# Relative Equilibria of the Curved N-Body Problem

• Florin Diacu
Book

Part of the Atlantis Series in Dynamical Systems book series (ASDS, volume 1)

1. Front Matter
Pages i-xiv
2. Florin Diacu
Pages 1-10
3. ### Background and Equations of Motion

1. Front Matter
Pages 11-11
2. Florin Diacu
Pages 13-24
3. Florin Diacu
Pages 25-42
4. ### Isometries and Relative Equilibria

1. Front Matter
Pages 43-43
2. Florin Diacu
Pages 45-52
3. Florin Diacu
Pages 53-59
4. Florin Diacu
Pages 61-64
5. ### Criteria and Qualitative Behavior

1. Front Matter
Pages 65-65
2. Florin Diacu
Pages 67-77
3. Florin Diacu
Pages 79-87
6. ### Examples

1. Front Matter
Pages 89-89
2. Florin Diacu
Pages 91-97
3. Florin Diacu
Pages 99-108
4. Florin Diacu
Pages 109-112
7. ### The 2-dimensional case

1. Front Matter
Pages 113-113
2. Florin Diacu
Pages 115-119
3. Florin Diacu
Pages 121-130
4. Florin Diacu
Pages 131-134
8. Back Matter
Pages 135-143

### Introduction

The guiding light of this monograph is a question easy to understand but difficult to answer: {What is the shape of the universe? In other words, how do we measure the shortest distance between two points of the physical space? Should we follow a straight line, as on a flat table, fly along a circle, as between Paris and New York, or take some other path, and if so, what would that path look like? If you accept that the model proposed here, which assumes a gravitational law extended to a universe of constant curvature, is a good approximation of the physical reality (and I will later outline a few arguments in this direction), then we can answer the above question for distances comparable to those of our solar system. More precisely, this monograph provides a mathematical proof that, for distances of the order of 10 AU, space is Euclidean. This result is, of course, not surprising for such small cosmic scales. Physicists take the flatness of space for granted in regions of that size. But it is good to finally have a mathematical confirmation in this sense. Our main goals, however, are mathematical. We will shed some light on the dynamics of N point masses that move in spaces of non-zero constant curvature according to an attraction law that naturally extends classical Newtonian gravitation beyond the flat (Euclidean) space. This extension is given by the cotangent potential, proposed by the German mathematician Ernest Schering in 1870. He was the first to obtain this analytic expression of a law suggested decades earlier for a 2-body problem in hyperbolic space by Janos Bolyai and, independently, by Nikolai Lobachevsky. As Newton's idea of gravitation was to introduce a force inversely proportional to the area of a sphere the same radius as the Euclidean distance between the bodies, Bolyai and Lobachevsky thought of a similar definition using the hyperbolic distance in hyperbolic space. The recent generalization we gave to the cotangent potential to any number N of bodies, led to the discovery of some interesting properties. This new research reveals certain connections among at least five branches of mathematics: classical dynamics, non-Euclidean geometry, geometric topology, Lie groups, and the theory of polytopes.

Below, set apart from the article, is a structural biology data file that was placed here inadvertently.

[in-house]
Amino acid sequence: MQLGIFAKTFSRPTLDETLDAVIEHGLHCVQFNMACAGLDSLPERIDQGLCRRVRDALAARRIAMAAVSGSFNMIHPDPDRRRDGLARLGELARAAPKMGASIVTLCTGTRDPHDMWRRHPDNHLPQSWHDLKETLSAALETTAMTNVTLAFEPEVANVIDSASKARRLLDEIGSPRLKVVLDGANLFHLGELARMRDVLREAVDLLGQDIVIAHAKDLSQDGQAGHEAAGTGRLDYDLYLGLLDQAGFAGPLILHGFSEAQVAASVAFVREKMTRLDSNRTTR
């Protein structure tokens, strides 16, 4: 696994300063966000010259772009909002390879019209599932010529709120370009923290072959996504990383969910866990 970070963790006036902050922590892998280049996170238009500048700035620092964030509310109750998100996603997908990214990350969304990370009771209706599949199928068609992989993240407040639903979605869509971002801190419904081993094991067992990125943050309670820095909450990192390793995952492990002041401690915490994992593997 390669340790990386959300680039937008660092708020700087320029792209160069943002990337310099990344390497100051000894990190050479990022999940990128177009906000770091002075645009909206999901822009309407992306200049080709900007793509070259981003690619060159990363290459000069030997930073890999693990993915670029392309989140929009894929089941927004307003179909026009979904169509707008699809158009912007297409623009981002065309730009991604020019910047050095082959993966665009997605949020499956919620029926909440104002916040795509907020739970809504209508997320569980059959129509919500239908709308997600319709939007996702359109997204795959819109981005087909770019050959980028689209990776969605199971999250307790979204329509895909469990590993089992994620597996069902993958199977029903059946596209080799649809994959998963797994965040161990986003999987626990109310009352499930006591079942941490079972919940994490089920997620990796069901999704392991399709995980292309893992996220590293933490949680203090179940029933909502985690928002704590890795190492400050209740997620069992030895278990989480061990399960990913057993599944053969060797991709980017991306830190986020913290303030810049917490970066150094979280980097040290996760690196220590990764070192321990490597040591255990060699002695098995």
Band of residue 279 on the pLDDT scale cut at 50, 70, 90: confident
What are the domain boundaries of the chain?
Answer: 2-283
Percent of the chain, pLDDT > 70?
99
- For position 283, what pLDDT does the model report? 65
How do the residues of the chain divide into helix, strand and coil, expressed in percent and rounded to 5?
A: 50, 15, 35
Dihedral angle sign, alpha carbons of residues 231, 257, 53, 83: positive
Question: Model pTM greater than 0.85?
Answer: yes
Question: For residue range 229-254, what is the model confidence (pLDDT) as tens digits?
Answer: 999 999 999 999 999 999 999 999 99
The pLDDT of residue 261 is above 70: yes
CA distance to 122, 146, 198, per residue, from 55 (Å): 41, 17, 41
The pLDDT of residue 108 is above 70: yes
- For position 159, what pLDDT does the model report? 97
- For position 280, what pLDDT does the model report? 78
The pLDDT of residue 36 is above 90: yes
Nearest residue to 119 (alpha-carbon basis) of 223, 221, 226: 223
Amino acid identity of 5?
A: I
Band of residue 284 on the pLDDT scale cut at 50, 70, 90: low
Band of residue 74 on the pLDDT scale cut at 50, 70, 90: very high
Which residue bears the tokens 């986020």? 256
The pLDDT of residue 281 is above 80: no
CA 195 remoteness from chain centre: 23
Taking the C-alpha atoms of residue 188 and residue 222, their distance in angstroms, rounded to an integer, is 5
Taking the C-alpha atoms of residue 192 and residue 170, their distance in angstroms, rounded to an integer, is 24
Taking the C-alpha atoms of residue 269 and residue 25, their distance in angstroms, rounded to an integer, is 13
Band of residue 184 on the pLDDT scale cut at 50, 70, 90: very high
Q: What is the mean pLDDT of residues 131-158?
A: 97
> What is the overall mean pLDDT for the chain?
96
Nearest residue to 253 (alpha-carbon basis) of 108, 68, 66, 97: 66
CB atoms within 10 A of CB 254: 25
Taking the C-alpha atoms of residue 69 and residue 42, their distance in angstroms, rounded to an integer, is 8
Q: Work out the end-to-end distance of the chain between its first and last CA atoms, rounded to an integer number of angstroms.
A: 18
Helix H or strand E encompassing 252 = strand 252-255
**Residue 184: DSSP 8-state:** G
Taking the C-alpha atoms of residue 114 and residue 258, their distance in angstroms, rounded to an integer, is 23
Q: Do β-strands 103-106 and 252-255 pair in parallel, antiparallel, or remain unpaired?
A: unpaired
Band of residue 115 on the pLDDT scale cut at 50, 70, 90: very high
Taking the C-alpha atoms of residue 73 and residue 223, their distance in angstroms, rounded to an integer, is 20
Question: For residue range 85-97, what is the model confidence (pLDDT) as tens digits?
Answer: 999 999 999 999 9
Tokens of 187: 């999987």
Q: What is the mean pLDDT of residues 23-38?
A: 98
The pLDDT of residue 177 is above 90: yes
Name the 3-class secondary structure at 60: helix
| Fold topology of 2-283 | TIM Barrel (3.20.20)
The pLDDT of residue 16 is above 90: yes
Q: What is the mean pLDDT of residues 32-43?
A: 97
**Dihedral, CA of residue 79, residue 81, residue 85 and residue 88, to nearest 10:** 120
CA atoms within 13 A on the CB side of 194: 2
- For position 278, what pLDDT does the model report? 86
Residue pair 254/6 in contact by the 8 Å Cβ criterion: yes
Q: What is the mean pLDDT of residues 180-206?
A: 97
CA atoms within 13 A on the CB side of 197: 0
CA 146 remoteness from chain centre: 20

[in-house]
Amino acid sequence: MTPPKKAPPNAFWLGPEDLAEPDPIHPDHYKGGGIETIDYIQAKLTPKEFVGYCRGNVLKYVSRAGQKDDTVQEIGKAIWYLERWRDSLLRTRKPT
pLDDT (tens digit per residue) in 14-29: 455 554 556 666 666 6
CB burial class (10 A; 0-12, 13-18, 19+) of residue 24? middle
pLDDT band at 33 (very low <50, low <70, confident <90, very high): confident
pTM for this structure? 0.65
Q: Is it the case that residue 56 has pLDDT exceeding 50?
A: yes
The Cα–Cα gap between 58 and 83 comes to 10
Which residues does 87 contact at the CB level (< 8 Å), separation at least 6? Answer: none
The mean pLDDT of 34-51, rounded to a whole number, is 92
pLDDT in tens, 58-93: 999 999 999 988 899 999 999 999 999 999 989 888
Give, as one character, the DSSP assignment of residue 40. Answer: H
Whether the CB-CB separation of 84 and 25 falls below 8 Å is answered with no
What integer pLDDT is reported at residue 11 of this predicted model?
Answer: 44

### Keywords

Celestial mechanics Dynamical systems N-body problem Spaces of constant curvature non-Euclidean geometry

#### Authors and affiliations

• Florin Diacu
• 1
1. 1., Department of Mathematics and StatisticsUniversity of VictoriaVictoriaCanada

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